A Lot or a Little?
What you will—and won't—find in this book.
Although Elites of Eden itself has little connection to scientific realities, it might serve as a springboard for discussions about propaganda and mind control.
People should not be discriminated against because of their gender, class, income, or birth order. Loyalty to friends and family prevails in difficult times.
Positive Role Models
Despite her near-hysterical narration, Yarrow proves to be a highly principled teen, ready to sacrifice herself for her brother and the other "second children." She struggles valiantly against the brainwashing that affects her behavior.
Violence & Scariness
Not as violent as many books in this genre, Elites of Eden does contain some disturbing scenes. "Second children" are rounded up, beaten, and imprisoned. Yarrow endures involuntary eye surgery.
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Sex, Romance & Nudity
Yarrow loves both Lachlan and Lark, but there's little time for anything more than some flirting and a few chaste embraces.
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"Bikking" serves as an all-purpose expletive. "Hell" is used a few times.
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Drinking, Drugs & Smoking
Party scenes depict under-age drinking and the use of "synthmesc."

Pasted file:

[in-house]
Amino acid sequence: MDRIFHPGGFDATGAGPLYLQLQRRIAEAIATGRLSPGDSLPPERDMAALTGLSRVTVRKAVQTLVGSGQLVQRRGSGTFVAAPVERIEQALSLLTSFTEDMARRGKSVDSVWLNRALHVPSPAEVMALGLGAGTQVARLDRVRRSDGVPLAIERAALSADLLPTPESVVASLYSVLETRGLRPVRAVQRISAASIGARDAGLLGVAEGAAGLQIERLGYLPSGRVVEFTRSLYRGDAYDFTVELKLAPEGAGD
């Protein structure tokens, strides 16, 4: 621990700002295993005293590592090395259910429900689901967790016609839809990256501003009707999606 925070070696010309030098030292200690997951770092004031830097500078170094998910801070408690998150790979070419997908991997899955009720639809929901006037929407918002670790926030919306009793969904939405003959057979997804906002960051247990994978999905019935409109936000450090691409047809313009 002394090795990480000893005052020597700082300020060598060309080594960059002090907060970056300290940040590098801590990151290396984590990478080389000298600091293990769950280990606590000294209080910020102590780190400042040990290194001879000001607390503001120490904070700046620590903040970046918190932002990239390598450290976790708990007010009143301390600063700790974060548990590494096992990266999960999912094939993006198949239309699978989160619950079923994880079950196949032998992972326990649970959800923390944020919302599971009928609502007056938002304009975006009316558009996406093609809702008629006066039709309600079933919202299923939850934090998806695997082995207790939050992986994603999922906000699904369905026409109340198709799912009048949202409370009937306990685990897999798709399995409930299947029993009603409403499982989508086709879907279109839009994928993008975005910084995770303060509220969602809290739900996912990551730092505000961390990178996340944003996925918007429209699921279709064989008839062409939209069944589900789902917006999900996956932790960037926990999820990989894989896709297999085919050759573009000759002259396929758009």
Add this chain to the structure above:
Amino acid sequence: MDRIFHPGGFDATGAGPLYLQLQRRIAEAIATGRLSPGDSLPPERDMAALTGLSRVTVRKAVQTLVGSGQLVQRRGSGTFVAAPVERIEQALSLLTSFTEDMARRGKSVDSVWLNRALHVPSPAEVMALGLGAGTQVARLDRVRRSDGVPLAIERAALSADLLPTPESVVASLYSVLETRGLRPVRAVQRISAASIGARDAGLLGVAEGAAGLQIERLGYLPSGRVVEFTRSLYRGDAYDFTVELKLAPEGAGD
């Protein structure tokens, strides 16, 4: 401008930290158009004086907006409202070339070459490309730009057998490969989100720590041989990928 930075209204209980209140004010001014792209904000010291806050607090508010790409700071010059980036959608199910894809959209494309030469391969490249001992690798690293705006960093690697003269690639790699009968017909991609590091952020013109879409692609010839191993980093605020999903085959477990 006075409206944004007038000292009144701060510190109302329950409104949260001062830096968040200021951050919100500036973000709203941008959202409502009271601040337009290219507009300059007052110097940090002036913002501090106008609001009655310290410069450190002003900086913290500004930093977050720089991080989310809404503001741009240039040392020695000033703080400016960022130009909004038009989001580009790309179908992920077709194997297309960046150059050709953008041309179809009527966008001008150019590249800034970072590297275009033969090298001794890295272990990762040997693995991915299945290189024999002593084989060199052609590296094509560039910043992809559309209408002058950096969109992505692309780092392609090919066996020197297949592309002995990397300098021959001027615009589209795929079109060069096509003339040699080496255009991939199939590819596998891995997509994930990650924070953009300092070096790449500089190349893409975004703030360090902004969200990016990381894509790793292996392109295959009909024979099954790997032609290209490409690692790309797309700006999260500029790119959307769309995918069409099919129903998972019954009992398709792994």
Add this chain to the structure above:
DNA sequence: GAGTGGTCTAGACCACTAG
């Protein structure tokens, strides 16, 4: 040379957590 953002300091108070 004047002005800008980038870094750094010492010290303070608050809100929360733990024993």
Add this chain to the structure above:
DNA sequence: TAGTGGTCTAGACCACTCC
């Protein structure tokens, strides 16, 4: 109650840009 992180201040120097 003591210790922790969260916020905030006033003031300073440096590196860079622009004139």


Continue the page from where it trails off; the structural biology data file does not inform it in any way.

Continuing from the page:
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Parents Need to Know
Parents need to know that Elites of Eden is the second volume in a dystopian sci-fi series by YouTube sensation Joey Graceffa. Set in a future where only a handful of human survivors exist within a closed community, the novel addresses such issues as bullying, surveillance, and propaganda. Sexual content is minimal (a few chaste embraces), swearing is limited to a few uses of "hell," and teens at a party indulge in drugs and alcohol in one minor scene.
Is It Any Good?
The clichés of YA dystopian fiction are well known by now, but this middle volume of a breathless sci-fi trilogy employs most of them. In Elites of Eden, no thought goes unexpressed by Yarrow/Rowan as she attempts to understand how she has been brainwashed by her elders. The plot makes crazy leaps in logic, and most of the characters are defined in a single dimension. But younger teens may enjoy the hyped-up storytelling, where almost anything can happen at any time, as the children of Eden choose their own destinies.
Did we miss something on diversity?
Research shows a connection between kids' healthy self-esteem and positive portrayals in media. That's why we've added a new "Diverse Representations" section to our reviews that will be rolling out on an ongoing basis. You can help us help kids by suggesting a diversity update.